By Richard C. Wilkerson, Yvonne-Marie Linton, and Daniel Strickman
Mosquitoes are an aspect many of us wish we could ignore. They are pests, and dangerous ones: the diseases they carry make them arguably the most dangerous animals on earth. There are more than 3,500 valid species of mosquitoes, and there is still a lot we don’t know about them. But what we do know about them…well, you’ll find it here.
Johns Hopkins University Press produces some of the most comprehensive nature references, and this is certainly no exception. It is the magnum opus on all things mosquito. Written by leading mosquito experts, the book covers the biology, evolution, ecology, and diversity of all known species of the world’s mosquitoes.
At more than 1,000 pages, this is not a fireside read. But if you’re a health expert or entomologist, the in-depth information is invaluable. And if you just have a penchant for references, this may be one of the most eye-catching sets on your shelf.
By Frances Hamerstrom
From the time she was a child, Frances Hamerstrom had her neat, tidy, comfortable future laid out before her. But faced with a life of domesticity, she rebelled and took to the woods. She became Aldo Leopold’s only female graduate student that in turn led to a life researching prairie chickens and other wildlife.
On Earth Day, it’s popular to remember conservation heroes. But it is usually a limited list. There are many other conservation greats well worth celebrating, like Hamerstrom. She lived a life in nature, on her own terms, despite societal expectations. And what a life. This is a wonderful adventure, from her free-roaming childhood to her adult years in ramshackle farmhouses on the prairie.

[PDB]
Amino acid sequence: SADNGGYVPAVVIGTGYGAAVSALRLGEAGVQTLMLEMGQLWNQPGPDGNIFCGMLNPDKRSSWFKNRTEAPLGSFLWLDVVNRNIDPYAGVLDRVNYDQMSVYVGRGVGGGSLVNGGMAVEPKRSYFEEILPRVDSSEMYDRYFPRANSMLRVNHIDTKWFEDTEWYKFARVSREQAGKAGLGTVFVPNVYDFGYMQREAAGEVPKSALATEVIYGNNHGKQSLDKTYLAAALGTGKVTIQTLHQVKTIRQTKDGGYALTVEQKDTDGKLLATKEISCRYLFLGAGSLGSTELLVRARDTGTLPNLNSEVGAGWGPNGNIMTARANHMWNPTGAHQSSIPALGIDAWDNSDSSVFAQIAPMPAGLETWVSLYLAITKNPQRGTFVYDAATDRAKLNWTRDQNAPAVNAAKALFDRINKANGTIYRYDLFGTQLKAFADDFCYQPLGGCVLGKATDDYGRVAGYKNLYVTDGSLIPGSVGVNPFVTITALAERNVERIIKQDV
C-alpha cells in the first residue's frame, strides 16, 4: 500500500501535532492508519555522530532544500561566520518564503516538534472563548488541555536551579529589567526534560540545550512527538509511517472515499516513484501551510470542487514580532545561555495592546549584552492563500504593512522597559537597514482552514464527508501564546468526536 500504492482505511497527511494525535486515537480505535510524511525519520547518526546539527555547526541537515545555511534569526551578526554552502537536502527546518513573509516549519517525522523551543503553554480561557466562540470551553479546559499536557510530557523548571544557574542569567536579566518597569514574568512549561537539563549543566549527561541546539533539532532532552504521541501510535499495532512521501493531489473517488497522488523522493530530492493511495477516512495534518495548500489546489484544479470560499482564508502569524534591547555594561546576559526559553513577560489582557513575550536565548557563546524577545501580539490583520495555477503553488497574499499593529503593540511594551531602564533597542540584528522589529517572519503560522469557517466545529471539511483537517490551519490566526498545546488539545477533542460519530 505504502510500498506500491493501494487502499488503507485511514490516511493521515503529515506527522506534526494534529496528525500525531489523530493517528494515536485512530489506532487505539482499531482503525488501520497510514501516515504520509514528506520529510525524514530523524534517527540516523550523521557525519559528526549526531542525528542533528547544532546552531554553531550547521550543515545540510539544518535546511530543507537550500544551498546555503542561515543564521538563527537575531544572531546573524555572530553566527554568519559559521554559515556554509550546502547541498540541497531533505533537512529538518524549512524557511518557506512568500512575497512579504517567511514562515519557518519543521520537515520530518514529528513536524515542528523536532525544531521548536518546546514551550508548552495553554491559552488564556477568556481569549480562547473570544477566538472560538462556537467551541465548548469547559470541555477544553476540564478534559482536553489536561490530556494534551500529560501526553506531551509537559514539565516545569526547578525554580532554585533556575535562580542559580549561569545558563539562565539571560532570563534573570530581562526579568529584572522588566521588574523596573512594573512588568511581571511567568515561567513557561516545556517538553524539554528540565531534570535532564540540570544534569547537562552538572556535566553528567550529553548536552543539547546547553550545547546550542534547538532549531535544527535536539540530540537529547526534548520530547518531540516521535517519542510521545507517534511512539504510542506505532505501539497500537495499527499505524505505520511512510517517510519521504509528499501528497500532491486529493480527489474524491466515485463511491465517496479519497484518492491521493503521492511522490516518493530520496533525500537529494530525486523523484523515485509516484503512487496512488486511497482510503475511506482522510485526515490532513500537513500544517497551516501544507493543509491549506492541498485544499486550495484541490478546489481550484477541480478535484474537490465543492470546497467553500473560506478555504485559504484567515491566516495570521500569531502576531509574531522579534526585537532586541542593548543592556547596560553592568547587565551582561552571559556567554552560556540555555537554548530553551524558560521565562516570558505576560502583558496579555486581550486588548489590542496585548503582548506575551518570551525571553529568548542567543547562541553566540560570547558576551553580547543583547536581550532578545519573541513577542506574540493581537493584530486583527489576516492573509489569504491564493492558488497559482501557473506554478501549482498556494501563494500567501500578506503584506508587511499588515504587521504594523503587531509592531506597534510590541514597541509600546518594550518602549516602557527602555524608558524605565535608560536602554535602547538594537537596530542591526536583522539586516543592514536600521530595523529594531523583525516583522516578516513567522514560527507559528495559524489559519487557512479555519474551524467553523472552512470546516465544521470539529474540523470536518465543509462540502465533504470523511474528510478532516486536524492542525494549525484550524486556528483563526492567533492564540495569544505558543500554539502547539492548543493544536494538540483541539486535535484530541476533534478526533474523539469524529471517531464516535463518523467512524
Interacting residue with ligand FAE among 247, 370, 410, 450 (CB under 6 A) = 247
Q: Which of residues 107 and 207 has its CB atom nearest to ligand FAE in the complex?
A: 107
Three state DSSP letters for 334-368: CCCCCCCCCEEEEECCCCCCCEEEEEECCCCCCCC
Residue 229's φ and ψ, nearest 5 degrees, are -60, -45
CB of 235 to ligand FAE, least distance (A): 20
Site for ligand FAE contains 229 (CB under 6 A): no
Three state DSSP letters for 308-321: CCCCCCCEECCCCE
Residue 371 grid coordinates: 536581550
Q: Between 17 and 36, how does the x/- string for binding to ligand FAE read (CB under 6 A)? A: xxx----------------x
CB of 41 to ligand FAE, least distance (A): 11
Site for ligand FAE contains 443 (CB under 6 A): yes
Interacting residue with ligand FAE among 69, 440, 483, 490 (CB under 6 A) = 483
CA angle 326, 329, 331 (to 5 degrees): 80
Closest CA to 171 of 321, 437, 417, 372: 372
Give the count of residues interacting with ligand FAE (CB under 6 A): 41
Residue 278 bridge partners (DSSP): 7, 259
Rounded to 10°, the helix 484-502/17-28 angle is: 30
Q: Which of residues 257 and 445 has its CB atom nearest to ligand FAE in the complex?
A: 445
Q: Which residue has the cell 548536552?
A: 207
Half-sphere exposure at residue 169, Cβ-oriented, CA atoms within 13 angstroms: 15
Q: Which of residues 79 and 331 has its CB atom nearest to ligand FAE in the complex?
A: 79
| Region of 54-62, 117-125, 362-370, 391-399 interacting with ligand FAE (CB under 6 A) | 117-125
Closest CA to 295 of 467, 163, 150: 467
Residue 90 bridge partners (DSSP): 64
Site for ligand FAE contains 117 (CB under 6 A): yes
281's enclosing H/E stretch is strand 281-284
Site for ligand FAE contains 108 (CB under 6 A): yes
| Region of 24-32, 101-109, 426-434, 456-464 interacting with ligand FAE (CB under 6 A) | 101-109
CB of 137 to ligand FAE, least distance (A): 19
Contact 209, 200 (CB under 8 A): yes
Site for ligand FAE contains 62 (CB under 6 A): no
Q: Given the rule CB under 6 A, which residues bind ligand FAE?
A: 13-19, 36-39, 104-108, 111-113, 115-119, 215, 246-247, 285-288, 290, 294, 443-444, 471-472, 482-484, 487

By Mike Pingleton & Joshua Holbrook
This is a comprehensive guide to herping, the recreational activity of finding reptiles and amphibians. It’s a how-to book, yes, but it’s also entertainingly written and filled with beautiful photographs. I wish every nature activity had a guide like this.
The authors walk the reader through every aspect of herping, including techniques, ethics, citizen science, safety, photography and more. I picked up this book and read it cover to cover. As a field naturalist, I appreciated the tips on how to find cool wildlife. But more, I was swept up with the authors’ enthusiasm and passion for the activity. There was no self-importance, just pure joy at searching for reptiles and amphibians.
I enjoy seeing and identifying these animals in the wild (I received my first Peterson’s reptile guide when I was ten years old). But this introduced me to the subculture of field herping, an activity of flipping debris and cruising roads for snakes. This could get you started in a fun new hobby, but it is also just a great work of nature writing.